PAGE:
A sheriff’s deputy saw Anderson, who had an outstanding warrant, in the yard of an a acquaintance with whom he was staying. Specifically, the sheriff saw him by means of a live surveillance video; they’d installed a camera on a telephone pole across the street as part of an investigation into meth dealing. He alerted other officers, who showed up at the residence and eventually, after a chase, arrested Anderson.
Anderson argues that the deputy’s remote observation of him was a Fourth Amendment search, and that it was unreasonable because there was no search warrant and the area he was standing was within the home’s curtilage. Calling the argument “scattershot, difficult to follow, and minimally developed,” the court of appeals concludes there was no search, either under the reasonable-expectation-of-privacy rubric or the lately-in-vogue property/trespass theory. (¶¶14-18).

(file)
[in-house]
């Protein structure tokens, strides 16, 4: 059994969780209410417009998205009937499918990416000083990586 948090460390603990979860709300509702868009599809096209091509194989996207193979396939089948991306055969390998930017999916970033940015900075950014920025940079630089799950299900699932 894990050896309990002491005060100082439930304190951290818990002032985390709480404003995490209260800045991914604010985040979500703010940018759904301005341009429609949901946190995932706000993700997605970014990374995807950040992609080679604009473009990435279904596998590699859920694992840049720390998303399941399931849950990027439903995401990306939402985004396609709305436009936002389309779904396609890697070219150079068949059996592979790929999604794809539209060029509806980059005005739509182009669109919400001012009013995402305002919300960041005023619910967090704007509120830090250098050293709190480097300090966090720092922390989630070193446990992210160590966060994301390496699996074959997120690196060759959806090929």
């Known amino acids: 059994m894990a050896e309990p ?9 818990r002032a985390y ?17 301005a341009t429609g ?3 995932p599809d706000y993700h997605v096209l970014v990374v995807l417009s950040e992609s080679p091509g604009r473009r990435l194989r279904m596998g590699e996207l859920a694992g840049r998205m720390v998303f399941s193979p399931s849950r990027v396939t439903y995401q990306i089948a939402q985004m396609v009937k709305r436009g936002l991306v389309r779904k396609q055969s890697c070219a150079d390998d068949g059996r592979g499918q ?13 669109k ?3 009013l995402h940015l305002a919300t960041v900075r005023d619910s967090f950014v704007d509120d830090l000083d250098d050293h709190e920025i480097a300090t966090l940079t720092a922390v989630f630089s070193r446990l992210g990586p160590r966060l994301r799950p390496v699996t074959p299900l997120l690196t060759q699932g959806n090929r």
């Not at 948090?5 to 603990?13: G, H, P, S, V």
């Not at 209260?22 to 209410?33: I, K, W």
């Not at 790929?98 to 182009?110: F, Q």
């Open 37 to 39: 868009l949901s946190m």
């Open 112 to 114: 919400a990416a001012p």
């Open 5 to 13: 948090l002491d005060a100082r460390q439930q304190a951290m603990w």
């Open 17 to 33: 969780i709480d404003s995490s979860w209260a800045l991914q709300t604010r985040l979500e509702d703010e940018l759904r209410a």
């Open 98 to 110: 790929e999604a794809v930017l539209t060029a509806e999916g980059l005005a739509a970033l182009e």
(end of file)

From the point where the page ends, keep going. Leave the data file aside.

Of particular note: the yard was viewable from the public street, enclosed only by a “see-through wire” fence and bordered by some trees. (¶19). So, it’s hard to argue a person would reasonably expect not to be observed there. And, the court distinguishes Kyllo v. United States, 533 U.S. 27, 34 (2001), in which the officers used thermal imaging technology to “see” through the walls of a residence; here, the camera used showed only what anyone could have seen, at least if they had a pair of ordinary binoculars. (¶18).